The Road Always Traveled By

More Effective School Zone Sign Needed on Richmond Rd.


Photo by Max Alter

One day, an overconfident, distracted teenager was driving home from football practice.

After driving to and from practice every day for four months, the concept of a school zone had completely slipped his mind, given that his drive home had always been long after school hours.

On this particular day, at 3:05 p.m., this forgetfulness would cost him.

Hurdling down Fairmount Boulevard at 44 miles per hour, this teenager drove completely unaware of the school zone he had just passed, and the officer parked in his cruiser who had watched him do it.

Since this young man had only recently received his licence, Jacob, being myself of course, was ordered to attend a court hearing to determine what privileges would be rescinded.

Only two moments stuck with me from court, because, again, I was just an overconfident, distracted teenager itching to keep my license. The first moment was when the judge said, “Your driving privileges are being suspended for 90 days,” because after all, that was what I was waiting for.

The second moment, a conversation between the judge and myself, became more significant after the hearing:

Judge: What made you forget that you were in a school zone?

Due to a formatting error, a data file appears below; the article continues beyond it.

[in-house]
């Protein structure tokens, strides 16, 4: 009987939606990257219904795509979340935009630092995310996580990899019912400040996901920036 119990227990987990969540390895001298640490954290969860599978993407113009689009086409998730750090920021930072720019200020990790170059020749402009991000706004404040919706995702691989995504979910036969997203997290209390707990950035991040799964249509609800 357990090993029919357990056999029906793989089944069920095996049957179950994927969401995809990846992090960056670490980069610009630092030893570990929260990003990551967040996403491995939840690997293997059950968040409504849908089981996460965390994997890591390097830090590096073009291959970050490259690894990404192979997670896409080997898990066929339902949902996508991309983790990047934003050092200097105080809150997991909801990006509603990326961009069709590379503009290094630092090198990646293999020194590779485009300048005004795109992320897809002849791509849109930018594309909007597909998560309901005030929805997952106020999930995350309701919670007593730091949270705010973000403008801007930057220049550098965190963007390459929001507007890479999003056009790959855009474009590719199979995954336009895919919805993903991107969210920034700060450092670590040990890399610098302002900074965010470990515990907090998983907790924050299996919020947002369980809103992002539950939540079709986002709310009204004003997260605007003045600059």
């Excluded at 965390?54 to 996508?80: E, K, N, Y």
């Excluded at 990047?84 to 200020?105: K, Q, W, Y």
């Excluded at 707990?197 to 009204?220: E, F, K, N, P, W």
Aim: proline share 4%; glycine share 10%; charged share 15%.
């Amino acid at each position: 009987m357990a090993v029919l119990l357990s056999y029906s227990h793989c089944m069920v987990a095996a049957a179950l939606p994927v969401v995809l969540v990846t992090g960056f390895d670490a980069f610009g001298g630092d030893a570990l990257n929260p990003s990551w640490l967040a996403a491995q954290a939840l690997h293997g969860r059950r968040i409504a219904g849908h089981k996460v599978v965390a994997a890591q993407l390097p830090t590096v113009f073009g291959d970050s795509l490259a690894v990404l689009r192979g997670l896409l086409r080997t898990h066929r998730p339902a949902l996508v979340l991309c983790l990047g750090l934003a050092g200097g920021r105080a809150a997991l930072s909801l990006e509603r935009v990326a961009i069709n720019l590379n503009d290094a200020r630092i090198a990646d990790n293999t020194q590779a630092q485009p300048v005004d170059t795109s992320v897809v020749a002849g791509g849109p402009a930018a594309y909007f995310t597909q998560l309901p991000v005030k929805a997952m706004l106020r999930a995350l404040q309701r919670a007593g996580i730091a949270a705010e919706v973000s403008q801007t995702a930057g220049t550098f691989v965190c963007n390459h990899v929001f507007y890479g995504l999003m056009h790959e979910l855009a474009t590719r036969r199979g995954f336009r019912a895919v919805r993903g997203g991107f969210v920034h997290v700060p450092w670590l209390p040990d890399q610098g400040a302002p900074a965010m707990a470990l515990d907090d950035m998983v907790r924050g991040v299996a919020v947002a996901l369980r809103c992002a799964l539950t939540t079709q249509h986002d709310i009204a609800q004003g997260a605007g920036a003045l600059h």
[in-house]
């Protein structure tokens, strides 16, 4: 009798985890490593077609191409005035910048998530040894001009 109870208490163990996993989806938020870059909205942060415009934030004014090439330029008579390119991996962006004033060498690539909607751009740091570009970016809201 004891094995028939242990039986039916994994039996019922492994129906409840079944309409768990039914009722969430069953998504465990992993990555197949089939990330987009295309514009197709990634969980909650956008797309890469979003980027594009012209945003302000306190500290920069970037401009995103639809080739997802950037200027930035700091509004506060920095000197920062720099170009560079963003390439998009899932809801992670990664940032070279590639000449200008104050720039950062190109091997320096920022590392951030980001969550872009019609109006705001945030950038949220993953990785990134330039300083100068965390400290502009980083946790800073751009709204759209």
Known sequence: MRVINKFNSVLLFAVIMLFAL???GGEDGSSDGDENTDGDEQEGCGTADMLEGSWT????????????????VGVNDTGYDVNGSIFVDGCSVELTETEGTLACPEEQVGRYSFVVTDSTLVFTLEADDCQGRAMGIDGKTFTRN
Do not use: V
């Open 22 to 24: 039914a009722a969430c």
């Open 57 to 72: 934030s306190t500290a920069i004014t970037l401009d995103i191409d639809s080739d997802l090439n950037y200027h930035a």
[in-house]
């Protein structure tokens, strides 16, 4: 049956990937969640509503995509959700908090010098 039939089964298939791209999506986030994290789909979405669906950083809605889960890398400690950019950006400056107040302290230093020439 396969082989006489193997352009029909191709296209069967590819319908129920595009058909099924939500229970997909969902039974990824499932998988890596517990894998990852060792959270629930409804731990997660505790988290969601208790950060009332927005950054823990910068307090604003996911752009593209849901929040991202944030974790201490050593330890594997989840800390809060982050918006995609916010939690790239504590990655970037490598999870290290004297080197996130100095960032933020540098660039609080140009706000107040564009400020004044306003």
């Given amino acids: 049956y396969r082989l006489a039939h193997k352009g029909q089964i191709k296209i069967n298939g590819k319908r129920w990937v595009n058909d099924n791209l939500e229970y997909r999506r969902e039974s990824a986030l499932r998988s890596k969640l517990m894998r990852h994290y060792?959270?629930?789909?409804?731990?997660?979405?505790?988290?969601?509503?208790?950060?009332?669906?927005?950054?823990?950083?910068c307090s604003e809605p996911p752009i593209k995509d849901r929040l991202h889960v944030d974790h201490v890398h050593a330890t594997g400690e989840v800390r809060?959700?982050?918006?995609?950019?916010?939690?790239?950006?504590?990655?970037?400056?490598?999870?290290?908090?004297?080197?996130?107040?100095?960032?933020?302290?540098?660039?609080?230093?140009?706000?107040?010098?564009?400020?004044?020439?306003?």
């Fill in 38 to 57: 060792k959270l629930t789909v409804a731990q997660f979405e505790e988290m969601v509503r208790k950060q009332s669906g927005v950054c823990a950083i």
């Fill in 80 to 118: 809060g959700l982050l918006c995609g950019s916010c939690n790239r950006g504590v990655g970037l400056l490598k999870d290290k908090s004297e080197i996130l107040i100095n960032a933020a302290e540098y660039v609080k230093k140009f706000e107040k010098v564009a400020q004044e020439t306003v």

Me: I had made that drive extremely often, was conditioned to the road, and made a


Judge: You didn’t see the lights blinking? Where were you looking?

Being a flustered and overconfident teenager, I quickly responded, “The road.”

The next time I drove home, I began to feel like a victim of Beachwood’s minimalistic signage.

Over the next few days, I came to learn that when taking a left turn out of the high school at the southern exit, there are no school zone lights to alert the driver of a school zone. In fact, there is a pathetically-sized sign with miniscule font stating the times at which the speed limit is reduced to 20 mph, although moving at 44 mph, it might as well not exist.

Yes, I left the high school, after going to school. I should have used common sense. But I could have also just been a random driver with a slight vision issue unaware of his/her surroundings. I admit, 44 mph is still significantly above the normal 35 mph speed limit for Fairmount, but that’s not the point.

The next time I drove home, I began to feel like a victim of Beachwood’s minimalistic signage. It felt as if I was set up for punishment, especially being that a policeman seemed to be waiting for me, keeping a close eye on the “light-less” westward side of Fairmount.

I have complete faith in the City of Beachwood and its priority of keeping us high schoolers safe, although the lack of school zone lights felt like a conscious disregard that would catch a few teenagers making a mistake. In reality, it does weed out the irresponsible and distracted teen drivers, though being one of these irresponsible and distracted teen drivers gives me a second perspective: I made a mistake.

It’s obvious that I made a mistake. However, was my mistake worthy of such a punishment? Especially if this mistake, and potentially future accidents, could be prevented with such an easy fix?

Fairmount Boulevard needs school zone lights in both directions. It would save licenses, and possibly lives.